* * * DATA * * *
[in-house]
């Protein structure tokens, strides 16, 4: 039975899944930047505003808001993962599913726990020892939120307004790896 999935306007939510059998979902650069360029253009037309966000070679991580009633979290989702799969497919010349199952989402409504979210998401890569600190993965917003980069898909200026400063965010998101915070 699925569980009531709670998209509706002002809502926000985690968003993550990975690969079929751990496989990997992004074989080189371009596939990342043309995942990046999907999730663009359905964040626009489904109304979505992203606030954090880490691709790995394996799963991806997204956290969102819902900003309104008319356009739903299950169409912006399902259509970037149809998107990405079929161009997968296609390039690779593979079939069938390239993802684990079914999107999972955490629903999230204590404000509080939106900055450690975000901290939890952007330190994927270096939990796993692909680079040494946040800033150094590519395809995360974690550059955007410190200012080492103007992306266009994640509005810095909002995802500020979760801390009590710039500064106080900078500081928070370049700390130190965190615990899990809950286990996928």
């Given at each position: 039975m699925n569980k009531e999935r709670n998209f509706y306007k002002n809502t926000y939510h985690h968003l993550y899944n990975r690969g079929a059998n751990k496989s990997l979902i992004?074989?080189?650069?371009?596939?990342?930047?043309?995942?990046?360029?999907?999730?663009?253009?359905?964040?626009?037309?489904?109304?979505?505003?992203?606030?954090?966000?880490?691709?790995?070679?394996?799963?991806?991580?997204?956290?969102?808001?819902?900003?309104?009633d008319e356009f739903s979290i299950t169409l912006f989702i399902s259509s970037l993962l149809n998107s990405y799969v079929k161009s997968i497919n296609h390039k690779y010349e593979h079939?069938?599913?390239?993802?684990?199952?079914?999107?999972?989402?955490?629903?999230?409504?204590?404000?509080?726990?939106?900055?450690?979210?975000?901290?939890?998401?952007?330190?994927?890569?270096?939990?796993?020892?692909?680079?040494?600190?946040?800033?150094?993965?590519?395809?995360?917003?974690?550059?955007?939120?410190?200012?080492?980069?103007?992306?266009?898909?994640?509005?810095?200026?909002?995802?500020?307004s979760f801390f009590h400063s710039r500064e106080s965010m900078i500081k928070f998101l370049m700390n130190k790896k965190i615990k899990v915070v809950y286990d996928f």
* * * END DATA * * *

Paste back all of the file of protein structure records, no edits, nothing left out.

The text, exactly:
[in-house]
């Protein structure tokens, strides 16, 4: 039975899944930047505003808001993962599913726990020892939120307004790896 999935306007939510059998979902650069360029253009037309966000070679991580009633979290989702799969497919010349199952989402409504979210998401890569600190993965917003980069898909200026400063965010998101915070 699925569980009531709670998209509706002002809502926000985690968003993550990975690969079929751990496989990997992004074989080189371009596939990342043309995942990046999907999730663009359905964040626009489904109304979505992203606030954090880490691709790995394996799963991806997204956290969102819902900003309104008319356009739903299950169409912006399902259509970037149809998107990405079929161009997968296609390039690779593979079939069938390239993802684990079914999107999972955490629903999230204590404000509080939106900055450690975000901290939890952007330190994927270096939990796993692909680079040494946040800033150094590519395809995360974690550059955007410190200012080492103007992306266009994640509005810095909002995802500020979760801390009590710039500064106080900078500081928070370049700390130190965190615990899990809950286990996928």
């Given at each position: 039975m699925n569980k009531e999935r709670n998209f509706y306007k002002n809502t926000y939510h985690h968003l993550y899944n990975r690969g079929a059998n751990k496989s990997l979902i992004?074989?080189?650069?371009?596939?990342?930047?043309?995942?990046?360029?999907?999730?663009?253009?359905?964040?626009?037309?489904?109304?979505?505003?992203?606030?954090?966000?880490?691709?790995?070679?394996?799963?991806?991580?997204?956290?969102?808001?819902?900003?309104?009633d008319e356009f739903s979290i299950t169409l912006f989702i399902s259509s970037l993962l149809n998107s990405y799969v079929k161009s997968i497919n296609h390039k690779y010349e593979h079939?069938?599913?390239?993802?684990?199952?079914?999107?999972?989402?955490?629903?999230?409504?204590?404000?509080?726990?939106?900055?450690?979210?975000?901290?939890?998401?952007?330190?994927?890569?270096?939990?796993?020892?692909?680079?040494?600190?946040?800033?150094?993965?590519?395809?995360?917003?974690?550059?955007?939120?410190?200012?080492?980069?103007?992306?266009?898909?994640?509005?810095?200026?909002?995802?500020?307004s979760f801390f009590h400063s710039r500064e106080s965010m900078i500081k928070f998101l370049m700390n130190k790896k965190i615990k899990v915070v809950y286990d996928f």